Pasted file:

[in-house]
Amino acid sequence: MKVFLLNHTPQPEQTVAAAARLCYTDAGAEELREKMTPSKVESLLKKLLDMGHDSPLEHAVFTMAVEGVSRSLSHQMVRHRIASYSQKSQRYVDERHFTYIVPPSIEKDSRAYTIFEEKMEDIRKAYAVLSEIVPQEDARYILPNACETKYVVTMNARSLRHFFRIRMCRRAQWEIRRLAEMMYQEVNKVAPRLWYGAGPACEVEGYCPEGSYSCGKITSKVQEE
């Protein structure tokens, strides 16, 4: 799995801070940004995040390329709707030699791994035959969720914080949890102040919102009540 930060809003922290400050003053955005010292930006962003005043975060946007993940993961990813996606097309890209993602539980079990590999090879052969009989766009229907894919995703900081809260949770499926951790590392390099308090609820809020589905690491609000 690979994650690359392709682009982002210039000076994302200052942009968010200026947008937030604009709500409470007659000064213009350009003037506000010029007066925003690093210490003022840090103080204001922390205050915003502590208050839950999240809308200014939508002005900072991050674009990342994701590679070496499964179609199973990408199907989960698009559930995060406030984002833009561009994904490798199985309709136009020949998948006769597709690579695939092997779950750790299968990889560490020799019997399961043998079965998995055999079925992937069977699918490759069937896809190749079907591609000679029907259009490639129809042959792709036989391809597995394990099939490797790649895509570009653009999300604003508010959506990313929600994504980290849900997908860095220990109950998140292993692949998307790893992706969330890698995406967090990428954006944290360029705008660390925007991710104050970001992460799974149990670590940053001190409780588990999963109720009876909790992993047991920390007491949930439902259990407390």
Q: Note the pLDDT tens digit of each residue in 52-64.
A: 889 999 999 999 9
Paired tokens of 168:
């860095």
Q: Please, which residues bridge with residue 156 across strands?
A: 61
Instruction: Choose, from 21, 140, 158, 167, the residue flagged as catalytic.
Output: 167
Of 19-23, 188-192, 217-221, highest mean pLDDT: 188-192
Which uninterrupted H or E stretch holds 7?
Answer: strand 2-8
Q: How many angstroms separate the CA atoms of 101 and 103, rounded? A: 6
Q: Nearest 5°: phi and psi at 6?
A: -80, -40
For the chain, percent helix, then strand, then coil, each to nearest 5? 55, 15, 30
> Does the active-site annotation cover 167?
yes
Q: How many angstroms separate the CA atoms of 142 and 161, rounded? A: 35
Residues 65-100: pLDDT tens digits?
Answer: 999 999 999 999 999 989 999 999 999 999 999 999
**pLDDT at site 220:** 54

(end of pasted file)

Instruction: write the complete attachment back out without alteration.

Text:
[in-house]
Amino acid sequence: MKVFLLNHTPQPEQTVAAAARLCYTDAGAEELREKMTPSKVESLLKKLLDMGHDSPLEHAVFTMAVEGVSRSLSHQMVRHRIASYSQKSQRYVDERHFTYIVPPSIEKDSRAYTIFEEKMEDIRKAYAVLSEIVPQEDARYILPNACETKYVVTMNARSLRHFFRIRMCRRAQWEIRRLAEMMYQEVNKVAPRLWYGAGPACEVEGYCPEGSYSCGKITSKVQEE
């Protein structure tokens, strides 16, 4: 799995801070940004995040390329709707030699791994035959969720914080949890102040919102009540 930060809003922290400050003053955005010292930006962003005043975060946007993940993961990813996606097309890209993602539980079990590999090879052969009989766009229907894919995703900081809260949770499926951790590392390099308090609820809020589905690491609000 690979994650690359392709682009982002210039000076994302200052942009968010200026947008937030604009709500409470007659000064213009350009003037506000010029007066925003690093210490003022840090103080204001922390205050915003502590208050839950999240809308200014939508002005900072991050674009990342994701590679070496499964179609199973990408199907989960698009559930995060406030984002833009561009994904490798199985309709136009020949998948006769597709690579695939092997779950750790299968990889560490020799019997399961043998079965998995055999079925992937069977699918490759069937896809190749079907591609000679029907259009490639129809042959792709036989391809597995394990099939490797790649895509570009653009999300604003508010959506990313929600994504980290849900997908860095220990109950998140292993692949998307790893992706969330890698995406967090990428954006944290360029705008660390925007991710104050970001992460799974149990670590940053001190409780588990999963109720009876909790992993047991920390007491949930439902259990407390």
Q: Note the pLDDT tens digit of each residue in 52-64.
A: 889 999 999 999 9
Paired tokens of 168:
């860095």
Q: Please, which residues bridge with residue 156 across strands?
A: 61
Instruction: Choose, from 21, 140, 158, 167, the residue flagged as catalytic.
Output: 167
Of 19-23, 188-192, 217-221, highest mean pLDDT: 188-192
Which uninterrupted H or E stretch holds 7?
Answer: strand 2-8
Q: How many angstroms separate the CA atoms of 101 and 103, rounded? A: 6
Q: Nearest 5°: phi and psi at 6?
A: -80, -40
For the chain, percent helix, then strand, then coil, each to nearest 5? 55, 15, 30
> Does the active-site annotation cover 167?
yes
Q: How many angstroms separate the CA atoms of 142 and 161, rounded? A: 35
Residues 65-100: pLDDT tens digits?
Answer: 999 999 999 999 999 989 999 999 999 999 999 999
**pLDDT at site 220:** 54